Heterobimetallic compounds are designed to harness chemotherapeutic traits of distinct metal species into a single molecule. The ruthenium-gold (Ru-Au) family of compounds based on Au-N-heterocyclic carbene (NHC) fragments [Cl2(p-cymene)Ru(μ-dppm)Au(NHC)]ClO4 was conceived to combine the known antiproliferative and cytotoxic properties of Au-NHC-based compounds and the antimigratory, antimetastatic, and antiangiogenic characteristic of specific Ru-based compounds. Following recent studies of the anticancer efficacies of these Ru-Au-NHC complexes with promising potential as chemotherapeutics against colorectal, and renal cancers in vitro, we report here on the mechanism of a selected compound, [Cl2(p-cymene)Ru(μ-dppm)Au(IMes)]ClO4 (RANCE-1, 1). The studies were carried out in vitro using a human clear cell renal carcinoma cell line (Caki-1). These studies indicate that bimetallic compound RANCE-1 (1) is significantly more cytotoxic than the Ru (2) or Au (3) monometallic derivatives. RANCE-1 significantly inhibits migration, invasion, and angiogenesis, which are essential for metastasis. RANCE-1 was found to disturb pericellular proteolysis by inhibiting cathepsins, and the metalloproteases MMP and ADAM which play key roles in the etiopathogenesis of cancer. RANCE-1 also inhibits the mitochondrial protein TrxR that is often overexpressed in cancer cells and facilitates apoptosis evasion. We found that while auranofin perturbed migration and invasion to similar degrees as RANCE-1 (1) in Caki-1 renal cancer cells, RANCE-1 (1) inhibited antiangiogenic formation and VEGF expression. We found that auranofin and RANCE-1 (1) have distinct proteolytic profiles. In summary, RANCE-1 constitutes a very promising candidate for further preclinical evaluations in renal cancer.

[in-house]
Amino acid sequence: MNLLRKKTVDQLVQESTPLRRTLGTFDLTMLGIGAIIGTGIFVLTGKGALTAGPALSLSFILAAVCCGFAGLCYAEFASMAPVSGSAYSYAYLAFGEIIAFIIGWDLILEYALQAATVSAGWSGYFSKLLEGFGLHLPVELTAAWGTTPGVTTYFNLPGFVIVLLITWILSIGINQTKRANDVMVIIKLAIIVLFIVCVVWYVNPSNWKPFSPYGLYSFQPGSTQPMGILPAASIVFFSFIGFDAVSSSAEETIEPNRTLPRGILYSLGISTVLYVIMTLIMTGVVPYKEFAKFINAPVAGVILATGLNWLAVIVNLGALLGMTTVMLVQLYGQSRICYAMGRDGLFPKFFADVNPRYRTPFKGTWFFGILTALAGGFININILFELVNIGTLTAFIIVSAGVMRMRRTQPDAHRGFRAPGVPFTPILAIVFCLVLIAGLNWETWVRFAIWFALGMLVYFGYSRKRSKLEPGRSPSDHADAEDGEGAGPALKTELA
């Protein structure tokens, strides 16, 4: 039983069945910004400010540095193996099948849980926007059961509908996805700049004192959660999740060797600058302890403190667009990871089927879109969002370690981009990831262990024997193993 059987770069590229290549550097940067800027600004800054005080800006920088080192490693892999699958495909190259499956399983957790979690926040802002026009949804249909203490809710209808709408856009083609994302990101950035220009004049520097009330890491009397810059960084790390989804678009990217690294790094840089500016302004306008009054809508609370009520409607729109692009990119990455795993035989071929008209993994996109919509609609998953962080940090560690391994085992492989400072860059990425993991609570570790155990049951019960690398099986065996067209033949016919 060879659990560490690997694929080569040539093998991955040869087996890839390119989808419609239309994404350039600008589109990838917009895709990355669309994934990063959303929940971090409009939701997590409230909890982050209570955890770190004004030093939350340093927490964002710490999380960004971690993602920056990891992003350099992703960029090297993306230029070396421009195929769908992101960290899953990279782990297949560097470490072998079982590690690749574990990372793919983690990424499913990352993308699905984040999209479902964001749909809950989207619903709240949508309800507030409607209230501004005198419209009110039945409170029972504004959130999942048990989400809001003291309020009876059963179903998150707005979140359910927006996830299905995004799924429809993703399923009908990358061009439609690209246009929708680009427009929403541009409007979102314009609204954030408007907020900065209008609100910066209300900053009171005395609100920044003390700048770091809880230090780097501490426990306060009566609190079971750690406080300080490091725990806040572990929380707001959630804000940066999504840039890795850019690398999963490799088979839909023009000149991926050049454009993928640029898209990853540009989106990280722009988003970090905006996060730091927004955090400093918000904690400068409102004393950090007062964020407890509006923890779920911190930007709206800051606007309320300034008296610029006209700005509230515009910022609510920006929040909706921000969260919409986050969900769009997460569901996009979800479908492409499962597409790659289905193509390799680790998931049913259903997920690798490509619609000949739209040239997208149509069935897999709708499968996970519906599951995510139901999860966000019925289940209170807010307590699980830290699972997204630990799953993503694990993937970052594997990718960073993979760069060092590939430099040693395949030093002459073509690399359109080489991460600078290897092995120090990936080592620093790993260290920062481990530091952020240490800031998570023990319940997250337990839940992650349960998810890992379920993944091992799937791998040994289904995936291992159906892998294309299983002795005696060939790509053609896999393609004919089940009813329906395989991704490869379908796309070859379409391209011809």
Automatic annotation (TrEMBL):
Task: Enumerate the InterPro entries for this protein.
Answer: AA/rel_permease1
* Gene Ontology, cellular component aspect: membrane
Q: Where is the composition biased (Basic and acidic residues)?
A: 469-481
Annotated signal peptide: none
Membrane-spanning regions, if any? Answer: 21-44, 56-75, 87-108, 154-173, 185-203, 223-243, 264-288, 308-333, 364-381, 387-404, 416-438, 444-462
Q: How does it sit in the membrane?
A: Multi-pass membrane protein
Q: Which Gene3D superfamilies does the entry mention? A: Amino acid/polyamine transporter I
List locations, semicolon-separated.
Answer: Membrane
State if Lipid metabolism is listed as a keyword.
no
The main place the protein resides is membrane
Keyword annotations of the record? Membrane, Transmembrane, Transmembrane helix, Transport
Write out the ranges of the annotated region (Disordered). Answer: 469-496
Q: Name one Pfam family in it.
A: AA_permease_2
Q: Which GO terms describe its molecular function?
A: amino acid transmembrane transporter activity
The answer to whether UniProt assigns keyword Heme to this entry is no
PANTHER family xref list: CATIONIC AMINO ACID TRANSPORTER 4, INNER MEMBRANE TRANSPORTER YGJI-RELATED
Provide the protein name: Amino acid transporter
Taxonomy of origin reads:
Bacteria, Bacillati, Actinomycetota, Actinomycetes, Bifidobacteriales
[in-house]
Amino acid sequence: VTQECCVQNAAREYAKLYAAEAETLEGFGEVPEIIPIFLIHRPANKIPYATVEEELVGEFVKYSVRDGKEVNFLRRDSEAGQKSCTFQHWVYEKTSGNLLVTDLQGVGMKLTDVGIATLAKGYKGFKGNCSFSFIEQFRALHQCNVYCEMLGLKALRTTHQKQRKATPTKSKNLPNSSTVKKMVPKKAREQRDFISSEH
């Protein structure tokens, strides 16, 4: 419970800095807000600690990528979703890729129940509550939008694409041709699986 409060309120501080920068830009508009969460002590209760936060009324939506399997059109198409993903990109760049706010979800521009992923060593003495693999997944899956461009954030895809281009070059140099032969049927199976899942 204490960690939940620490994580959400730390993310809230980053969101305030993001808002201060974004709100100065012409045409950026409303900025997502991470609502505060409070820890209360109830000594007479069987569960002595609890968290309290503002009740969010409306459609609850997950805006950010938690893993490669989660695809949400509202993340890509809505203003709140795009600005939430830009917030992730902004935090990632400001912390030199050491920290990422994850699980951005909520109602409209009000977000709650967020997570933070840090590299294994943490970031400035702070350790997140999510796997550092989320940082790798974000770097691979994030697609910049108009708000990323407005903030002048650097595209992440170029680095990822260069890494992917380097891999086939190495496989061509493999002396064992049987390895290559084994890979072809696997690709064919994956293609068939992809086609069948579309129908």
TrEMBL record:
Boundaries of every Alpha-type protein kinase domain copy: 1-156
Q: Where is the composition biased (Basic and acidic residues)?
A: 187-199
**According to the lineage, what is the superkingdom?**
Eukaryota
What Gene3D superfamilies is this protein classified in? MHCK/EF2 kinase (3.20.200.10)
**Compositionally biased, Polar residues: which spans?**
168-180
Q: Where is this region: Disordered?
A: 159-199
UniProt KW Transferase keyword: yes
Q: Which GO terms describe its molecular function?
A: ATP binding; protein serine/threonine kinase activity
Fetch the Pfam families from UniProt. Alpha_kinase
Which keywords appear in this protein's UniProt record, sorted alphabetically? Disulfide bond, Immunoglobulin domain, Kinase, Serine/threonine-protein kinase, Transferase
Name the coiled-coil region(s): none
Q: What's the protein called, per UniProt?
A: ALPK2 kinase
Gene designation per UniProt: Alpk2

Keywords: Auranofin; Bimetallic; Mechanisms; Renal cancer; Ruthenium–gold.